Templates have been helping programmers to change the way they are able to code since the ealy 1990s. Since that time they have advanced rapidly, and in this tutorial we will take a close look at them and learn to use them to effectively decrease our tasks.
Templates in C++ - Starting with Templates (Page 2 of 4 )
This article requires a solid grasp of C++ and some additional OOP (Object Oriented Programming) knowledge is also recommended. Templates are at the end of most C++ manuals because I think most high schools skipped over this issue; maybe the teachers didn't want to stress the students. Who knows?
But templates can be easily understood if you get the basic concepts. So I'll start here and present the way templates work. This way you can better understand all the template libraries present "on the market."
Defining templates is quite easy once you know how to do it. A template is "something that establishes or serves as a pattern," according to the Webster dictionary. In C++, this is also its main purpose.
Think of a sorting algorithm, for example. We can agree that the algorithm in its base form is the same regardless of whether we need to order integers, doubles, or an array of strings. The only difference is in the method we use to compare the two items. In C, the problem of eliminating the redundant code has been partially solved by passing the type of the item in the function so we can step through the items with the size. A classic example is quicksort(qsort), which is written in stdlib.h as follows:
Furthermore, this method is quite complex. Later on, we would soon face problems with advanced data structures. The solution to anything written for generalized types is templates. Templates, once created, are generated by the compiler for each individual type used in the program. As a warm-up, take a look at the code below; it's a function template:
template< typename Type,class T>
int function( Type first, T second)
return memcmp(first, second,sizeof(first));
The function compares the two types by memory after the size of the first and returns the result. If you have a compiler, you may copy the above line and compile it. However, with templates, if the compilation process gives the blessed 0 error(s), 0 warning(s) message, it doesn't mean you got it right. You should always remember that templates aren't constructed until they are initialized.
You can try the following: put fiarst in the sizeof instead of first. If you recompile it, you'll observe that there are still no errors; it's obvious that this situation should pop up an undeclared fiarst variable.
This is because the compiler doesn't create the function until it must use it or, as we should say, until you call it. Call the function and you should have your error message. Also, you'll notice something that will haunt you whenever you use templates and get something wrong: the rude error messages. You can easily generate 300+ line errors and 100+ error messages with just a missing (or extra) comma, for example. This is not good.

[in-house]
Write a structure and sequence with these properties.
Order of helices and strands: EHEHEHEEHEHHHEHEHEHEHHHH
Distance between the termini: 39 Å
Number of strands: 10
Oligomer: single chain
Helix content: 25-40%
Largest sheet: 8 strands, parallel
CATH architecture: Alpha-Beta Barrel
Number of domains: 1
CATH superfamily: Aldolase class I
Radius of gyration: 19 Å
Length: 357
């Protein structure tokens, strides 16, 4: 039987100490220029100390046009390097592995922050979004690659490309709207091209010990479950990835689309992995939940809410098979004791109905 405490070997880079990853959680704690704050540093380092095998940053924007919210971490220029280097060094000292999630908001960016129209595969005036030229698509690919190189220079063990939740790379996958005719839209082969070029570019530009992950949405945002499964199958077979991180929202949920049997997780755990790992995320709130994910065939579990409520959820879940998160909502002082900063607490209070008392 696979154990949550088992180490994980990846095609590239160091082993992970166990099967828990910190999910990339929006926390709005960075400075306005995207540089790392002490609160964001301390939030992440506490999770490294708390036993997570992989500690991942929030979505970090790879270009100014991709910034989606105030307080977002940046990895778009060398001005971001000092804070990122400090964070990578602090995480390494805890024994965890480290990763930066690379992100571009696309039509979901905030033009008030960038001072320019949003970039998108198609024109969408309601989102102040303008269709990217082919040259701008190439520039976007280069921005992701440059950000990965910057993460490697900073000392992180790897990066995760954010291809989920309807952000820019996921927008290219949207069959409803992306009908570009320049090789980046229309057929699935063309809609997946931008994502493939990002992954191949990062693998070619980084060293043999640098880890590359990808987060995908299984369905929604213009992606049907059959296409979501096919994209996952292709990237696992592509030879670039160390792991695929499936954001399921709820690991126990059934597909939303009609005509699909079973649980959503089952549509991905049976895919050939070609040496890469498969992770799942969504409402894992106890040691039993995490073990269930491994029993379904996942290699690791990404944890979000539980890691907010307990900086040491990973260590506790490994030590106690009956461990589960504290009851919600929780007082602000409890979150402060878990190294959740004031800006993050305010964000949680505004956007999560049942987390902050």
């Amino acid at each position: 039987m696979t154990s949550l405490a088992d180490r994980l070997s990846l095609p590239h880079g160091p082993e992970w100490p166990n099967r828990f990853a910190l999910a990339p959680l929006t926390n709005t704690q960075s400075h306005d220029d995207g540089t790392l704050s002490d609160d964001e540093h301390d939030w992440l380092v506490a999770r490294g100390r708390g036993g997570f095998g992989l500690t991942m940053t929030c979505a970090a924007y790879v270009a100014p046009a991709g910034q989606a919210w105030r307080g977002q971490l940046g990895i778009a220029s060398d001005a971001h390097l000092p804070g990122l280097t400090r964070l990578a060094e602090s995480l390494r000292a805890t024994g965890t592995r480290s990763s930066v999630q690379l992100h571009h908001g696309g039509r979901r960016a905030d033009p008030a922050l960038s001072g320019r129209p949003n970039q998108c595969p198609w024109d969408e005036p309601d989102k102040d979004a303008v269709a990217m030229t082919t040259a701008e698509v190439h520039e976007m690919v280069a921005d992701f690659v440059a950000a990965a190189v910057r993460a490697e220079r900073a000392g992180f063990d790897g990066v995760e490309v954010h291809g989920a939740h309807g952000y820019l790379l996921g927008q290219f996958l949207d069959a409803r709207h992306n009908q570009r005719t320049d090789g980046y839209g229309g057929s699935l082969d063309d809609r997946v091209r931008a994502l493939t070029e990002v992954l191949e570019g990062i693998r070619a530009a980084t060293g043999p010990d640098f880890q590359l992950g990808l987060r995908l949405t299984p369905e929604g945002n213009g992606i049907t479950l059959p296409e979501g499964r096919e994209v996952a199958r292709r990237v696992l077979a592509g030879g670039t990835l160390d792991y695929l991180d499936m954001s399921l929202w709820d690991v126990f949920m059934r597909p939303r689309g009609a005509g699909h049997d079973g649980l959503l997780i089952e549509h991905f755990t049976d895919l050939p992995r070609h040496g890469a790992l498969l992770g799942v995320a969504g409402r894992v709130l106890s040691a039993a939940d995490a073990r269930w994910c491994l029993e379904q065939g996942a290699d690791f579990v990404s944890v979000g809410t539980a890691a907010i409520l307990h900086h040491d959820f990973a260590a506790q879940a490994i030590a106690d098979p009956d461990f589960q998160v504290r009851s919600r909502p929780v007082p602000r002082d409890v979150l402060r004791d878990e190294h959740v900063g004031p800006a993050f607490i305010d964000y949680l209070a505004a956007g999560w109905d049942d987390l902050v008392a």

So empower yourself with patience, because you're going to need it to understand the error messages reported by the compiler. In some cases, the error will be in a different place than reported (usually in the STL base because it will manifest the effect of the error in your code there). The bottom line is that you should have a good comprehension of what you're doing and where the source of the error could be.
And the usage of the function is nothing special:
result = function(a, b);
cout << result << endl;
result = function(b, a);
cout << result << endl;
Let's see what can we deduce by switching back to the original function from the upper block of code. To create a template, first you need to add it before the function and enter it within the types. Introducing types can be completed by the class or the typename keyword. Each of them means the same thing and can be used interchangably.
For example, in the upper function, Type and T will be replaced upon the function's creation with the type they are called. The compiler is smart enough to deduce the types and replace them with the correct ones. This is done during compilation. This means that it will take a little longer to compile, so expect this when deciding whether or not to use templates.
Returning to our situation, in the function, all the Type words will be replaced with the type that is called, so you can use them exactly the same way you are accustomed to using any kind of type names: declare local variables, pointers to that variable, etc.
However, if you are more of a rebel you can directly specify what types to call/create. For the upper code, the same effect is created if we call it by specifying the type like this:
result = function<int*,char*>(a, b);
Nevertheless, this can be unnecessary code because the compiler checks what types are called and generates the corresponding functions. Thus, in our case, there are going to be two functions generated: an int*, char* parameter for the first call and a char*, int* for the second call. Due to this, the binary file generated by the compiler will be a little larger, but we managed to get away with just one function written by us.
If you need more template variables, you declare more of them in the <> brackets of the template keyword. Any type can be called to generate the function; it will be generated a template for anything: structure, int, long, float, classes, etc. However, you should be aware that the memcmp requires addresses, so you'll have to send the item's pointers, but I think you get the big picture.